The other day a friend of mine and I were discussing Joss Whedon and the Avengers franchise, and the sum of my comment was that those productions were not bad, just not good. They weren't incompetent, but they didn't really bring anything to the table that hadn't been there before; they just brought more of it at once. People seemed to be reacting more to the fact that the movies got made at all, and weren't an awful mess, than because there was anything genuinely exciting going on. I felt the same way about Dimension W, a competent but ultimately generic series that exists mostly to tick off a list of ingredients but not invest them with the kind of ferocious creativity they were begging to have applied to them. The show is like a toupee: it doesn't look bad from a distance, but the closer you get the more you realize there's little there save fakery and façades.
Dimension W drew most of its attention from the fact that Funimation was a production co-partner for the show. This sort of trans-Pacific partnership is actually not all that noteworthy or even new; Manga Video was a co-partner for the first Ghost in the Shell film, and that was 20 years ago. In this case, it hasn't even resulted in a show that is all that distinguished from the rest of its competition in that season. Its biggest standouts are that it features a main character who's not either a sullen or wide-eyed adolescent — instead, he's a sullen adult with a wide-eyed sidekick, big update there — and its setting is reminiscent of 1950s SF of the Big Science Goes Amok flavor. None of this adds up to more than a distraction, mainly because the project doesn't find a way to be more than just the sum of its ingredients. It fills a space on a shelf and in a broadcast schedule, but not in our heads or hearts.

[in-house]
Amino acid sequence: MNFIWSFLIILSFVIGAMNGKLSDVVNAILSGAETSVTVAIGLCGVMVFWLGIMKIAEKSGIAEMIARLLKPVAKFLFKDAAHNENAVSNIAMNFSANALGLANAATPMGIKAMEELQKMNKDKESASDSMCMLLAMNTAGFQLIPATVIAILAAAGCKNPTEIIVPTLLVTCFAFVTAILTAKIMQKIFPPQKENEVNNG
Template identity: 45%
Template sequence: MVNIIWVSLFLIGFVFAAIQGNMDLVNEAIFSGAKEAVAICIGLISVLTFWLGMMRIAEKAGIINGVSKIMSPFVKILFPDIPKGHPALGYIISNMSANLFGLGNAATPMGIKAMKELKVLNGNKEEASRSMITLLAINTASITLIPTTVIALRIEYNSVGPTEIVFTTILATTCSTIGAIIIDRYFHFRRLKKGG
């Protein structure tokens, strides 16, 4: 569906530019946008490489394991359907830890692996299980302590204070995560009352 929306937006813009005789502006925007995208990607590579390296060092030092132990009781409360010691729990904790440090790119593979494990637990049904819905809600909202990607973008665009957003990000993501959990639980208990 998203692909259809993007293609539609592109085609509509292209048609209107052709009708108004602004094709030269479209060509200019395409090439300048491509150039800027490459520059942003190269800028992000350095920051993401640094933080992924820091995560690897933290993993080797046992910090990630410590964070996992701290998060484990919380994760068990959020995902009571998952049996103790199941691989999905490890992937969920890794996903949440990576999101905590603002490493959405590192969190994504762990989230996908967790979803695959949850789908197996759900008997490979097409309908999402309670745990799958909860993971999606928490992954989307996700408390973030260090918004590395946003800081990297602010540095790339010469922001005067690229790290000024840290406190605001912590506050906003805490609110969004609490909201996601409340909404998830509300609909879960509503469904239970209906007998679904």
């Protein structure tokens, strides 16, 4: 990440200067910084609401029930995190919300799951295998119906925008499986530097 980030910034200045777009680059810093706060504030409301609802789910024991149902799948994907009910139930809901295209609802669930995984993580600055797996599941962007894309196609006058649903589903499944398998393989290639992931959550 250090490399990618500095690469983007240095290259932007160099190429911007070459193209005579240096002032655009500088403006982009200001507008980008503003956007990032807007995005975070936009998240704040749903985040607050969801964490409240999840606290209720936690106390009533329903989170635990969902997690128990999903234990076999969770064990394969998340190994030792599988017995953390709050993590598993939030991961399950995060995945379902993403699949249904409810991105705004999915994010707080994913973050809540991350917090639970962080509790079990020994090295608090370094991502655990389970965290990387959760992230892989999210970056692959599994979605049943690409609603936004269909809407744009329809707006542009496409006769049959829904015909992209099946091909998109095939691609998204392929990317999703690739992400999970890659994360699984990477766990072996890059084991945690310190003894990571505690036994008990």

Much of the setup for Dimension W and its subsequent complications are reminiscent of Isaac Asimov's novel The Gods Themselves. In that story, mankind discovers how to tap into another dimension to generate endless clean energy. The bad news is that a) doing so has a nasty effect on things in that other dimension; b) there are beings in the other dimension who have been exploiting a similar effect in our own; and c) its long-term effects will be nothing short of catastrophic for both parties. Gods won both the Hugo and the Nebula, and for good reason; it used its premise to touch intelligently on a whole slew of topics — ecology, cosmology, the use and abuse of science, the possibilities of truly alien biologies, and much more. (A TV series based on Gods would be a splendid experiment, come to think of it.)
Dimension W — the name should be a giveaway now — describes a near-future where clean energy has been made possible by "Coils", devices that function in much the same way as Asimov's speculation. A multinational corporation, New Tesla, holds the monopoly on Coil manufacture, and is prepared to go to any lengths needed to protect their control over the market. Sometimes that means hiring bounty hunters to find and destroy illegally produced Coils. Kyoma, the protagonist, is one such bounty hunter, a grumpy fellow with an active distaste for anything Coil-powered (he drives an antique gasoline-powered car). The character design hints at how he's a man out of his own time: he affects the dress of a 19th-century laborer (leg windings, a happi coat, etc.), and his weapon of choice is ninja-like throwing shivs. His disgust for Coil tech, as it turns out, is not an affectation; it's eventually explains as being more like a grudge.